About 400 striking workers threw stones at factories in the industrial hub of Noida, about 16 kilometres east of the capital, to force them to close, a Reuters witness said.
Police baton-charged the workers to stop the violence. Seven cars and the fire truck were burnt out and a dozen cars smashed up.
Indian workers participate in a rally in Hyderabad. (Mahesh Kumar A /AP)
“In my own factory, mobs climbed the gates and walls, broke and carried away computers, and damaged the external facade of the building,” factory owner Pankaj Sadh told NDTV.
Violence erupted elsewhere in the country as workers, angry about high fuel prices in particular, tried to keep vehicles off the roads. One union member was killed in Ambala, media said.
Offices and factories were shut in many places and transport was disrupted. However, New Delhi and the business centre, Mumbai, were mostly unaffected and financial markets were open.
The strike comes as the beleaguered government prepares to present an austerity budget to parliament and as it weathers a corruption scandal in a big arms deal.
Parliament begins its budget session on Thursday and the government is to present its expenditure plan for fiscal 2013/14 (April-March) next week.
People walk past burnt-out cars at a factory in Noida. (AP)
Several officials have told Reuters the government plans to slash a public spending target by up to 10 per cent to avoid a sovereign credit downgrade, even though that may create more economic pain in the short run.
The government is also on the back foot over accusations by Italian police that officials from defence group Finmeccanica paid bribes in a $750-million (U.S.) deal to sell India VIP helicopters manufactured by its Anglo-Italian subsidiary AgustaWestland.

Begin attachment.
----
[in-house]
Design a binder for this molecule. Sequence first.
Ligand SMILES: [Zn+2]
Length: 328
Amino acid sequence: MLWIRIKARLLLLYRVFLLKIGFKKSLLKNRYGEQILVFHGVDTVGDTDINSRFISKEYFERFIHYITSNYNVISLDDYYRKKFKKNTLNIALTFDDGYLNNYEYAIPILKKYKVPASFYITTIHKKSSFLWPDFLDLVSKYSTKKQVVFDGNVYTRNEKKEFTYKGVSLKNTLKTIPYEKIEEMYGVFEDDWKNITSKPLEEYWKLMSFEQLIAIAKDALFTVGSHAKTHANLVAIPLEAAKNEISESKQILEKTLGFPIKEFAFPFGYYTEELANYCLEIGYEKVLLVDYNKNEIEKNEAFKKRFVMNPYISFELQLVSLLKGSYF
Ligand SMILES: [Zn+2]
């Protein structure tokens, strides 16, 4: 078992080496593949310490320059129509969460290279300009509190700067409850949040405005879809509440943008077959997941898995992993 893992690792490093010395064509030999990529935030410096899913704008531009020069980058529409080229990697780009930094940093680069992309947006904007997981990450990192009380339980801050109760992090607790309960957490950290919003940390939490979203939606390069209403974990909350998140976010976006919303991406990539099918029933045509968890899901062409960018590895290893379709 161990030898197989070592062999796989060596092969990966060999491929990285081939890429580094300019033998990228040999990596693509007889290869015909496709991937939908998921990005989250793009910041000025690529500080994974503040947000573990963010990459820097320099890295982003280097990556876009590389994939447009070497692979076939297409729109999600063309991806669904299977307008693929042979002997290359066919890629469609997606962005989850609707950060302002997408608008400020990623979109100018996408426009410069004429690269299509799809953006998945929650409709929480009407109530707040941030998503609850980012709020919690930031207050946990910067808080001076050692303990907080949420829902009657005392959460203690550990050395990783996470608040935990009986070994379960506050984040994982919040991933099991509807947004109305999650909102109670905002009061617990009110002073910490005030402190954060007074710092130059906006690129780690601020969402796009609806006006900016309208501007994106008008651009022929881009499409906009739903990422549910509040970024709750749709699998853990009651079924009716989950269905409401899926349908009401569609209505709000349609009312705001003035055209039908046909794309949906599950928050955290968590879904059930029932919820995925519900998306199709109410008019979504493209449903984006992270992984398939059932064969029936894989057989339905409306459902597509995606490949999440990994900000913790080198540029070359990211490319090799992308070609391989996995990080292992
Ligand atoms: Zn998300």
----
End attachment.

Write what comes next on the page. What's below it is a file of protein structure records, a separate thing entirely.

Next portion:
Prime Minister Manmohan Singh, who is grappling with the worst economic slowdown in a decade and faces a general election early next year, had asked the unions to call off the strike, but they refused.
“We want the government to take note of this,” said Akhtar Hussain, vice-president of the Bharatiya Mazdoor Sangh. “They think they can turn a blind eye to our demands, but they must know that enough is enough. We need our demands to be met. The government needs to be more serious.”
The strike also hit iron ore and coal production in the resource-rich state of Chhattisgarh.
“Trade unions leaders have forced dozens of workers to stop iron ore mining in protest against violations of labour laws and high inflation,” an official of NMDC Ltd., India’s biggest iron ore producer, said by telephone.
By noon, the company had halted 60 per cent of production at mines in the Dantewada district, where it produces about 60,000 tonnes of iron ore a day, officials said.
The strike also affected coal production at a mine owned by a Coal India Ltd. unit in Gevra district, where workers stayed off the job in protest.
The Associated Chambers of Commerce and Industry said on Tuesday the two-day strike was expected to cause a loss of 150 billion-200 billion rupees ($2.8-billion to $3.7-billion U.S.), hurting sectors such as banking, insurance and transport.
Thousands of rail and road passengers were stranded in Odisha and Bihar as protesters blocked the movement of trains, buses and auto rickshaws.
“Protesters are squatting on the railway tracks or capturing the locomotives. We’re just helpless,” Amitabh Prabhakar, a public relations officer for Indian Railways’ east-central zone, said by telephone.